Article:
factor to the SML. Risk factors can be represented either by returns on these
hedge portfolios (just as the index portfolio represents the market factor), or
more directly by changes in the risk factors themselves, for example, changes
in interest rates or inflation.
Factor Models of Security Returns.
We begin with a familiar single-factor model like the one introduced in Chapter
8. Uncertainty in asset returns has two sources: a common or macroeconomic
factor and firmspecific events. The common factor is constructed to have zero
expected value, because we use it to measure new information concerning the
macroeconomy, which, by definition, has zero expected value.
If we call F the deviation of the common factor from its expected value, b i the
sensitivity of firm i to that factor, and e i the firm-specific disturbance, the
factor model states that the actual excess return on firm i will equal its initially
expected value plus a (zero expected value) random amount attributable to
unanticipated economywide events, plus another (zero expected value)
random amount attributable to firm-specific events.
Formally, the single-factor model of excess returns is described by Equation
where E ( R i ) is the expected excess return on stock i. Notice that if the macro
factor has a value of 0 in any particular period (i.e., no macro surprises), the
excess return on the security will equal its previously expected value, E ( R i ),
plus the effect of firm-specific events only. The nonsystematic components of
returns, the e i s, are assumed to be uncorrelated across stocks and with the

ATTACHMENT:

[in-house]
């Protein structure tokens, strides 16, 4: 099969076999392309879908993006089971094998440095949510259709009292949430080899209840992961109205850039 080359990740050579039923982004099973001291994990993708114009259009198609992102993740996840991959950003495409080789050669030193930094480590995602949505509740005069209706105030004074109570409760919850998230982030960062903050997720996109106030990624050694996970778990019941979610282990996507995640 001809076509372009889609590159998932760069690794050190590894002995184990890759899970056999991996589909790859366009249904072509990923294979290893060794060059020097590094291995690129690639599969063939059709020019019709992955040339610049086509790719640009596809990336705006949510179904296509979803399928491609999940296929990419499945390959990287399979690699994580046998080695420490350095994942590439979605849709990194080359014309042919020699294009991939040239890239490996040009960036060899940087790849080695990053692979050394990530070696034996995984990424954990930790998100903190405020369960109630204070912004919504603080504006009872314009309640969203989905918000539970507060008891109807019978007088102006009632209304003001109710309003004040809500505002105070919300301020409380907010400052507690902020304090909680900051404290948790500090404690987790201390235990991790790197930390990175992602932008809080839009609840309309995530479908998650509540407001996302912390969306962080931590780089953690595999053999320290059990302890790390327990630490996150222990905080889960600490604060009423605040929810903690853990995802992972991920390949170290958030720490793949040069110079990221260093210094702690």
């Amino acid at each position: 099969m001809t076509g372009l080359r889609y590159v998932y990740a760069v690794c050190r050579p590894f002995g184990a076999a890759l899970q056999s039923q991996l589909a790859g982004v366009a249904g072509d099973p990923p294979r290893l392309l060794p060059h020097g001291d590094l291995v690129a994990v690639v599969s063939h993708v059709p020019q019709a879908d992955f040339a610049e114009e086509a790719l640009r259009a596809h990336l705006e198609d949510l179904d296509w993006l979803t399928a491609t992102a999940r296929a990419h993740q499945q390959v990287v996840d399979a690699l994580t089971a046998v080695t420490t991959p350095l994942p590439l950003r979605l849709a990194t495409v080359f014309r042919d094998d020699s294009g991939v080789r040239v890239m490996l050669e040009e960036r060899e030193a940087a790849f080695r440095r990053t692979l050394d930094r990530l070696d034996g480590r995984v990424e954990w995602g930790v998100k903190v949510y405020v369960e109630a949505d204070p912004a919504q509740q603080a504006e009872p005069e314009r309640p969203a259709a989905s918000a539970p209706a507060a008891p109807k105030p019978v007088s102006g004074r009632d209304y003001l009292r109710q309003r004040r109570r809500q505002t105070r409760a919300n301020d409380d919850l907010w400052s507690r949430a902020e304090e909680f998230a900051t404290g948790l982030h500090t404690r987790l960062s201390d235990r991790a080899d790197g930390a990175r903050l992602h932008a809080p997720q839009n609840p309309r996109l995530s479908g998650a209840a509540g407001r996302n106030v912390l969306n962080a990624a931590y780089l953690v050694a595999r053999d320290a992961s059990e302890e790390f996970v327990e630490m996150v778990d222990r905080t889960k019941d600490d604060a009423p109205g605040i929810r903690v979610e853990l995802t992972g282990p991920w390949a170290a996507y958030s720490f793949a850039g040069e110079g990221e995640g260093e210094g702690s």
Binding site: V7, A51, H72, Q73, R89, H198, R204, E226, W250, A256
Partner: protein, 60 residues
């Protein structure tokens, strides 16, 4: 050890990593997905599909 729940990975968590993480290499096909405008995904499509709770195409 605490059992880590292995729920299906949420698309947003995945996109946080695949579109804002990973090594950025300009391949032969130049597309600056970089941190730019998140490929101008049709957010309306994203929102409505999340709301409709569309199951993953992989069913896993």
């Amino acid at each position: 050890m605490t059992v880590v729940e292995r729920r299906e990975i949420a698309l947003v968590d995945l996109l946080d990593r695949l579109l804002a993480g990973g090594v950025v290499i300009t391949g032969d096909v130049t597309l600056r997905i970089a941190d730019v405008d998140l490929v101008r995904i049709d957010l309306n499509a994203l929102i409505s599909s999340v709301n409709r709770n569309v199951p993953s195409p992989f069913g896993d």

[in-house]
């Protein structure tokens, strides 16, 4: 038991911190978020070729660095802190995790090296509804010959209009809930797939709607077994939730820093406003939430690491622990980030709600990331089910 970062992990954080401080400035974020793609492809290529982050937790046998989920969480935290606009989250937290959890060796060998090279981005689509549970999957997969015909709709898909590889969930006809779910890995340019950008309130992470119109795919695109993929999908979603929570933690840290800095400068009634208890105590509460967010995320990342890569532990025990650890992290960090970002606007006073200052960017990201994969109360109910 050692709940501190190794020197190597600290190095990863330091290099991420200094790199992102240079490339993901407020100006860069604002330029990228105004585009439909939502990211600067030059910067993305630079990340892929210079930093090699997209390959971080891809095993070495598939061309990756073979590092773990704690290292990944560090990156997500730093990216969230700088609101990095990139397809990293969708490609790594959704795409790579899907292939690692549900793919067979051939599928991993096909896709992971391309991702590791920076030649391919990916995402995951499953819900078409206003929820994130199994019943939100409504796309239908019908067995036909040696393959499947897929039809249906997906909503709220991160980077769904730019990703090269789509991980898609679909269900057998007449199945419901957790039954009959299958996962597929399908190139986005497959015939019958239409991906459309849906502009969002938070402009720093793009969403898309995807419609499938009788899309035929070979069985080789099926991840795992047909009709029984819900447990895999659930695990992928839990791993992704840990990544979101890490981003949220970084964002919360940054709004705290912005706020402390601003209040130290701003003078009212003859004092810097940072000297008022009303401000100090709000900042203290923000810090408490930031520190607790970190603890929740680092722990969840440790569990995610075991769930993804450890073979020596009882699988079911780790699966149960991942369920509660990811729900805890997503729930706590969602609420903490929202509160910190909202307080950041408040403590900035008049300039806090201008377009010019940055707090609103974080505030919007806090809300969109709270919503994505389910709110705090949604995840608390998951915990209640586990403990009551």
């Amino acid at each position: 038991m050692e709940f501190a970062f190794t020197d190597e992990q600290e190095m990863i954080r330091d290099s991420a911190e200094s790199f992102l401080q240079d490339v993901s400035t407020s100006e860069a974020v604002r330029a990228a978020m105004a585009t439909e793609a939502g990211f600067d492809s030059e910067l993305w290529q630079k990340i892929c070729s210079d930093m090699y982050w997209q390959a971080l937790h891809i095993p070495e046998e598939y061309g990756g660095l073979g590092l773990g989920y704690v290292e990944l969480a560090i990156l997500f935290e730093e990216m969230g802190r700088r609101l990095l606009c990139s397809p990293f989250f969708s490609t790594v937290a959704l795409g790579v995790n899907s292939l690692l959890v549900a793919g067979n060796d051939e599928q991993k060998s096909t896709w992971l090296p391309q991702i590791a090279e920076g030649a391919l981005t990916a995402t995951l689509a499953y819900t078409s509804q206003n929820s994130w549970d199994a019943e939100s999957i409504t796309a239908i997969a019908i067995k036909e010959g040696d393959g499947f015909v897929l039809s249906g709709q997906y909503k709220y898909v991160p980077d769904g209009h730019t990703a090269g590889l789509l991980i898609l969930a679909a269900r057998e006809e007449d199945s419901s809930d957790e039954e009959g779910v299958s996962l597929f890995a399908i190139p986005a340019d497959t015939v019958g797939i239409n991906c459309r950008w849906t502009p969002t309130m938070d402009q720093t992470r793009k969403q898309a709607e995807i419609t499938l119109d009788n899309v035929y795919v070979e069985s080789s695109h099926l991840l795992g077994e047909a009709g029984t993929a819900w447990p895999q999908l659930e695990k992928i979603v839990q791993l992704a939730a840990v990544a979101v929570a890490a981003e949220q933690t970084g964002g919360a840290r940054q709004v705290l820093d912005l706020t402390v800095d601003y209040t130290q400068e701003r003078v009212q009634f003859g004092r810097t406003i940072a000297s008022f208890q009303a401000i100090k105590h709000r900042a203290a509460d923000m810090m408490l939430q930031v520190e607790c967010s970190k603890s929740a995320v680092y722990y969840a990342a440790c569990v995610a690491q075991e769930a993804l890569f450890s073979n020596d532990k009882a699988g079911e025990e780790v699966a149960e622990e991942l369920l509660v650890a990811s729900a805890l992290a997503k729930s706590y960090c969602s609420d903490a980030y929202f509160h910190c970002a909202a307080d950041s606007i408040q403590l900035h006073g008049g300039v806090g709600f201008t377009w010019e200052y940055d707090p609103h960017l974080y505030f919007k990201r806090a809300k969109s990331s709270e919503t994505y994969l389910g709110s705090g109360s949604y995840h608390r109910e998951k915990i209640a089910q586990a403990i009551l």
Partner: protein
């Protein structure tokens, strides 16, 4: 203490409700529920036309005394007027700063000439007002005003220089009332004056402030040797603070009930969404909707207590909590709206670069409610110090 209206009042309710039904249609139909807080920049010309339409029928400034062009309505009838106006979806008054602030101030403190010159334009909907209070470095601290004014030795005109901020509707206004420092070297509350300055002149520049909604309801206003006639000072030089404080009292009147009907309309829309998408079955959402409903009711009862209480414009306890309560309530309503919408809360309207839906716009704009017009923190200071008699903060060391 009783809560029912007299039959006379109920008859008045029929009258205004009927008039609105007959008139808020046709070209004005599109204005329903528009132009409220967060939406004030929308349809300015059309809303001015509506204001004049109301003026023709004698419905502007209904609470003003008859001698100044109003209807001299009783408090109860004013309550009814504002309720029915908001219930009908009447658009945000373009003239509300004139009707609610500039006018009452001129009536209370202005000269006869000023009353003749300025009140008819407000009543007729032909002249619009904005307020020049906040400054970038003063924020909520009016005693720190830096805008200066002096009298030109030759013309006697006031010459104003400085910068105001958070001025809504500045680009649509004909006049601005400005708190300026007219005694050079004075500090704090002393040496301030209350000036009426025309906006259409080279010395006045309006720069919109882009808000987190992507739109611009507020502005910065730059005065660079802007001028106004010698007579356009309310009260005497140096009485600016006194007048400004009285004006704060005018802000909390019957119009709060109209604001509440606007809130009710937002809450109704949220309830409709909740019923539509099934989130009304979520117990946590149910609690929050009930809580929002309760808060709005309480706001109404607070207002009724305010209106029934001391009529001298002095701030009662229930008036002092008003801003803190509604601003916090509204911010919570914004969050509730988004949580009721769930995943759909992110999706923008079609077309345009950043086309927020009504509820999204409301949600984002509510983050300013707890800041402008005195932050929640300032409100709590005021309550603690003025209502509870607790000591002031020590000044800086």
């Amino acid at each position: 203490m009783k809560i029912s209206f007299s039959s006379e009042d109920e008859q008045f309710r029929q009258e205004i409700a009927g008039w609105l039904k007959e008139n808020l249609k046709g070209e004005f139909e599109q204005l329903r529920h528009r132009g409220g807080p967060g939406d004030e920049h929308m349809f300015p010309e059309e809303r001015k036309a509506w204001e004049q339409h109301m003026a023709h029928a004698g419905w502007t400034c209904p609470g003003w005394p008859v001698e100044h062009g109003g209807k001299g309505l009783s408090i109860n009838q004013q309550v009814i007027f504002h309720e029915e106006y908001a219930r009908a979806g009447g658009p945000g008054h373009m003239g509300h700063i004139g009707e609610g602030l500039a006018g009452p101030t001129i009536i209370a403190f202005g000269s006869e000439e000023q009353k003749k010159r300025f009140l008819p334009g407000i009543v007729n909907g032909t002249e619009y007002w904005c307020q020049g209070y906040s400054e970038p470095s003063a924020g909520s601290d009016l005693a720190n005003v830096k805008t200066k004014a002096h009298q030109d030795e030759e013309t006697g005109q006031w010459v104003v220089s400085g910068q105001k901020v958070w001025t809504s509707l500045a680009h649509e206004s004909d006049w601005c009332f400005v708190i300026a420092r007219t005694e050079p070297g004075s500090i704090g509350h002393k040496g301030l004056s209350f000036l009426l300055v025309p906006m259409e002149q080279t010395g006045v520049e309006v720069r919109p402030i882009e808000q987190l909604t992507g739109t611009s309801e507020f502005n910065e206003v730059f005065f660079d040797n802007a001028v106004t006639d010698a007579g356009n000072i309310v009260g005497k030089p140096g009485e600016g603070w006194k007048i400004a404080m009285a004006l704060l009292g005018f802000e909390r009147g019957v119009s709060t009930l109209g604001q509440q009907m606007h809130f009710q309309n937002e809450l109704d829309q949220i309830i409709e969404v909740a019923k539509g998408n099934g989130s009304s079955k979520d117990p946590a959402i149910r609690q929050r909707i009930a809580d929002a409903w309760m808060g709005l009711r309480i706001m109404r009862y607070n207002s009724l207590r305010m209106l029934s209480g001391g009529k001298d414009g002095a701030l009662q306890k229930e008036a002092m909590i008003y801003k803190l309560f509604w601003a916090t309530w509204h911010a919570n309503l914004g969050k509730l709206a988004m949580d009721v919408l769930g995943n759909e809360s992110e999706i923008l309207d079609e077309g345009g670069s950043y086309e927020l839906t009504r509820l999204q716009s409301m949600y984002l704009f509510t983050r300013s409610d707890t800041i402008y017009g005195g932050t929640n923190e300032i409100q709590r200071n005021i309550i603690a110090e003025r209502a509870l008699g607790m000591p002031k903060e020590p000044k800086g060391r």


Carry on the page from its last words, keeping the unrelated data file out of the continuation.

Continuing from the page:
factor F.
Example 10.1 Factor Models.
To make the factor model more concrete, consider an example. Suppose that
the macro factor, F, is taken to be news about the state of the business cycle,
measured by the unexpected percentage change in gross domestic product
(GDP), and that the consensus is that GDP will increase by 4% this year.
Suppose also that a stocks b( beta) value is 1.2.
If GDP increases by only 3%, then the value of F would be 2 1%, representing a
1% disappointment in actual growth versus expected growth. Given the stocks
beta value, this disappointment would translate into a return on the stock that
is 1.2% lower than previously expected. This macro surprise, together with the
firm-specific disturbance, e i , determines the total departure of the stocks
return from its originally expected value.


Suppose you currently expect the stock in Example 10.1 to earn a 10% rate of
return. Then some macroeconomic news suggests that GDP growth will come in
at 5% instead of 4%. How will you revise your estimate of the stocks expected
rate of return?.
The factor models decomposition of returns into systematic and firm-specific
components is compelling, but confining systematic risk to a single factor is
not. Indeed, when we motivated systematic risk as the source of risk premiums
in Chapter 9, we noted that extra market sources of risk may arise from a
number of sources such as uncertainty about interest rates, inflation, and so
on. The market return reflects macro factors as well as the average sensitivity
of firms to those factors.
It stands to reason that a more explicit representation of systematic risk,
allowing for different stocks to exhibit different sensitivities to its various
components, would constitute a useful refinement of the single-factor model. It
is easy to see that models that allow for several factors multifactor models
can provide better descriptions of security returns.
Apart from their use in building models of equilibrium security pricing,
multifactor models are useful in risk management applications. These models